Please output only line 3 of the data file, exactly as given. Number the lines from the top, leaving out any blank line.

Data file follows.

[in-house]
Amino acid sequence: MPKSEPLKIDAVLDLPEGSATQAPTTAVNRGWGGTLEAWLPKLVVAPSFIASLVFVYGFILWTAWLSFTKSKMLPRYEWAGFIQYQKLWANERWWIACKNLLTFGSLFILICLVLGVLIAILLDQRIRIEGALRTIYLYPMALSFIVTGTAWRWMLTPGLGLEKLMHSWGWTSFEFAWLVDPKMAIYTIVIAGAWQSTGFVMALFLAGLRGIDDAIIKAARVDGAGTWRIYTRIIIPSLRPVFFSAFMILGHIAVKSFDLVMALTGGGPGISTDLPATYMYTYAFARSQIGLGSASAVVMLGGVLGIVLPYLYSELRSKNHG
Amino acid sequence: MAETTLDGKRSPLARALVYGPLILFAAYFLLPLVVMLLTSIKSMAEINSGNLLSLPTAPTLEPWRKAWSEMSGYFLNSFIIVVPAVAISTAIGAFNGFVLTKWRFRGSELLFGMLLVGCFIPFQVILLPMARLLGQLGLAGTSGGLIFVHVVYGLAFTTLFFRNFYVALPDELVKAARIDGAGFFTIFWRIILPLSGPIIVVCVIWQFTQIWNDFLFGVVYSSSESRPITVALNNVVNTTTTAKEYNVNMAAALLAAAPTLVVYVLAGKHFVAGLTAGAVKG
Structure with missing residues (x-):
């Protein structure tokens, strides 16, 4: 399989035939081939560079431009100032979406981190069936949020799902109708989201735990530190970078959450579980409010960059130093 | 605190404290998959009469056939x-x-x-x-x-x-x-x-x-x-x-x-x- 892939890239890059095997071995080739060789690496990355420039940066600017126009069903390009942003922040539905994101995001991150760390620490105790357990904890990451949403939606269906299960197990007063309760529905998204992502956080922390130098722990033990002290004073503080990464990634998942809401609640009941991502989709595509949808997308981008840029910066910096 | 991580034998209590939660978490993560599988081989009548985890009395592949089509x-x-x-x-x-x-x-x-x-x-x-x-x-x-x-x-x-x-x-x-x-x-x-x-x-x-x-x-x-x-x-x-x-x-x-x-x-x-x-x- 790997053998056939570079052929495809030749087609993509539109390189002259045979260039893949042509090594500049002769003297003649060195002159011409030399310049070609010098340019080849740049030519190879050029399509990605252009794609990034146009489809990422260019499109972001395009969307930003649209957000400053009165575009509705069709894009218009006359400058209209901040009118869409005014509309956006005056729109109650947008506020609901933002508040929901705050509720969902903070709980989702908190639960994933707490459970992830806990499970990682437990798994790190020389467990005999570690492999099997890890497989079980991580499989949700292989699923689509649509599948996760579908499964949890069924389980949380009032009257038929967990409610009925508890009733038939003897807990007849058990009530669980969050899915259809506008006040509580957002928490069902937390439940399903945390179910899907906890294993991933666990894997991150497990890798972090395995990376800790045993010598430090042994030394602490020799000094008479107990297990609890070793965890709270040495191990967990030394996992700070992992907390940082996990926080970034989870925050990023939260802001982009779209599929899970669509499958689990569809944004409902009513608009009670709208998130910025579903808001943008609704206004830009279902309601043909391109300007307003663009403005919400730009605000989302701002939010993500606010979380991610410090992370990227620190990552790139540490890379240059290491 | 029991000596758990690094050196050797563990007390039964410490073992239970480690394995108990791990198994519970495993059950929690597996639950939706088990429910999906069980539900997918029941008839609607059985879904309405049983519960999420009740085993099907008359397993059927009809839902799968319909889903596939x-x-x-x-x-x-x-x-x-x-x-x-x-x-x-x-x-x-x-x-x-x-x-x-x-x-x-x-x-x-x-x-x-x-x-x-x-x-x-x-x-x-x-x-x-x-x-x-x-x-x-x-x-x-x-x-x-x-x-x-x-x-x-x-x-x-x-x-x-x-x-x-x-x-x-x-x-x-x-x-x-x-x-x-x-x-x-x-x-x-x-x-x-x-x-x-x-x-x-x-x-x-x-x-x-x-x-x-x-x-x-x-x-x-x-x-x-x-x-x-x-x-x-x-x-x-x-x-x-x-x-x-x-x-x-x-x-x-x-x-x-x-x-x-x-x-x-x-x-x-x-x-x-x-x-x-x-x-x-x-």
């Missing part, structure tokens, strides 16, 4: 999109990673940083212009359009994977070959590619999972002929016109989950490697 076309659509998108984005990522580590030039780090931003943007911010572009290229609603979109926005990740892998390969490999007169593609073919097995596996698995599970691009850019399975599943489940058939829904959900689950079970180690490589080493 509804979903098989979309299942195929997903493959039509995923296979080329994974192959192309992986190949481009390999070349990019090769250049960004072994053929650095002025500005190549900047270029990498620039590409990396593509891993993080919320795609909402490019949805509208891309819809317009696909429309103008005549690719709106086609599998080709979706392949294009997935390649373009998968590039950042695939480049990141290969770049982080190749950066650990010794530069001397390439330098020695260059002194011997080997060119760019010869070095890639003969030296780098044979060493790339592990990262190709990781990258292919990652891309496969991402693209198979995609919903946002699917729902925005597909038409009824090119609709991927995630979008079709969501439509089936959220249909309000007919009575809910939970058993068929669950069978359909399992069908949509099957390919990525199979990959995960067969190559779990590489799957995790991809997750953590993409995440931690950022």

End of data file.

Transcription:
Amino acid sequence: MAETTLDGKRSPLARALVYGPLILFAAYFLLPLVVMLLTSIKSMAEINSGNLLSLPTAPTLEPWRKAWSEMSGYFLNSFIIVVPAVAISTAIGAFNGFVLTKWRFRGSELLFGMLLVGCFIPFQVILLPMARLLGQLGLAGTSGGLIFVHVVYGLAFTTLFFRNFYVALPDELVKAARIDGAGFFTIFWRIILPLSGPIIVVCVIWQFTQIWNDFLFGVVYSSSESRPITVALNNVVNTTTTAKEYNVNMAAALLAAAPTLVVYVLAGKHFVAGLTAGAVKG